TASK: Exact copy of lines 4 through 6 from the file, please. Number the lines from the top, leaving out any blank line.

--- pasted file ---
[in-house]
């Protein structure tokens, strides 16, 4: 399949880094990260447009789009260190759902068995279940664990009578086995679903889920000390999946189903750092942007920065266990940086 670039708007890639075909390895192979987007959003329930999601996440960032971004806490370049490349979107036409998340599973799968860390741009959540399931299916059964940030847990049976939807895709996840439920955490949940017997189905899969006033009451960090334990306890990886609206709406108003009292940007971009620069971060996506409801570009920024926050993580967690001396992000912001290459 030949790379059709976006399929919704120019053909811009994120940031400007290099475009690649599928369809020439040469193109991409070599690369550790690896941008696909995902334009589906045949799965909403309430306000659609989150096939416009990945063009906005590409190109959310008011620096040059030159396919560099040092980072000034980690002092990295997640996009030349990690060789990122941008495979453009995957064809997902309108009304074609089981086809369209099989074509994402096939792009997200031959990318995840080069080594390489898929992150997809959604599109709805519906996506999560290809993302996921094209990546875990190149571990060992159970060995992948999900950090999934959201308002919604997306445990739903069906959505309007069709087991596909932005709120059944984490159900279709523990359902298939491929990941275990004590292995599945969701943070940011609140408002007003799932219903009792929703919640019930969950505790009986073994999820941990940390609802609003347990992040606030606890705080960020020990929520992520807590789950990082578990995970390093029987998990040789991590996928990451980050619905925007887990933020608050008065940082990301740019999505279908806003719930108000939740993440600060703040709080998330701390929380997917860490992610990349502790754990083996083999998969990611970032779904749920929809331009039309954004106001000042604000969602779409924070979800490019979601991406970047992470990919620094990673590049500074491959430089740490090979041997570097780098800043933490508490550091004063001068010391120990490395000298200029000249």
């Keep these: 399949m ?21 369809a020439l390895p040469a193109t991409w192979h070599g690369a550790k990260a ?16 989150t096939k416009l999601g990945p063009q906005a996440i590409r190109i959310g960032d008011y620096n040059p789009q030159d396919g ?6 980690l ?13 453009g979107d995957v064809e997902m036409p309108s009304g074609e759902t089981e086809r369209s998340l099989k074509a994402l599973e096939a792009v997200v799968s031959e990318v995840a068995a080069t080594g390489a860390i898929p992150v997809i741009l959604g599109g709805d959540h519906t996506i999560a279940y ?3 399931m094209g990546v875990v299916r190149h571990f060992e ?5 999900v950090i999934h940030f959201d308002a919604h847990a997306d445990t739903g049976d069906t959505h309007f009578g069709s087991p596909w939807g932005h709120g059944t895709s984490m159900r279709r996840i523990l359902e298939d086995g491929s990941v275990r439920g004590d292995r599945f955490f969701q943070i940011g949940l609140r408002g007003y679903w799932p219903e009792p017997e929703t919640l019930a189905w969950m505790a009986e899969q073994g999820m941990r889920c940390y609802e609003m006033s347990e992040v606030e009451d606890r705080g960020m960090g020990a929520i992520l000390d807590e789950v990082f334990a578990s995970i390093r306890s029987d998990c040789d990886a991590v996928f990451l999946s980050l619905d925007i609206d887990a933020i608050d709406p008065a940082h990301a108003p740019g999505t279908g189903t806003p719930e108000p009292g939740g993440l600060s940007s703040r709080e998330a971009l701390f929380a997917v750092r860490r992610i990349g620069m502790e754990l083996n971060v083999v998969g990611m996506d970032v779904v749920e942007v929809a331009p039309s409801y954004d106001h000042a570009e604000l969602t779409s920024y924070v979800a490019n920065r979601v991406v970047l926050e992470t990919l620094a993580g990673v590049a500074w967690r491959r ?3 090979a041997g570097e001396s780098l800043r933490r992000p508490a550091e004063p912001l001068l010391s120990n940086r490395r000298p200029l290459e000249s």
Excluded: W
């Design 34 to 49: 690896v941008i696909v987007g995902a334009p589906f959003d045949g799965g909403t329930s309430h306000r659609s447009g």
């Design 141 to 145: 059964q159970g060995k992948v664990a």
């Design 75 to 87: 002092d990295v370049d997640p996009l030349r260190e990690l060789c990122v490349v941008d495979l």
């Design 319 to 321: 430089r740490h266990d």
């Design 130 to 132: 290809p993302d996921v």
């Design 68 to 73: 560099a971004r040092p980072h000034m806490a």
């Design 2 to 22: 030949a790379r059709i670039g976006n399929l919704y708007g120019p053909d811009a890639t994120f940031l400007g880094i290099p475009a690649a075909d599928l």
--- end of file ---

Excluded: W
């Design 34 to 49: 690896v941008i696909v987007g995902a334009p589906f959003d045949g799965g909403t329930s309430h306000r659609s447009g």
């Design 141 to 145: 059964q159970g060995k992948v664990a």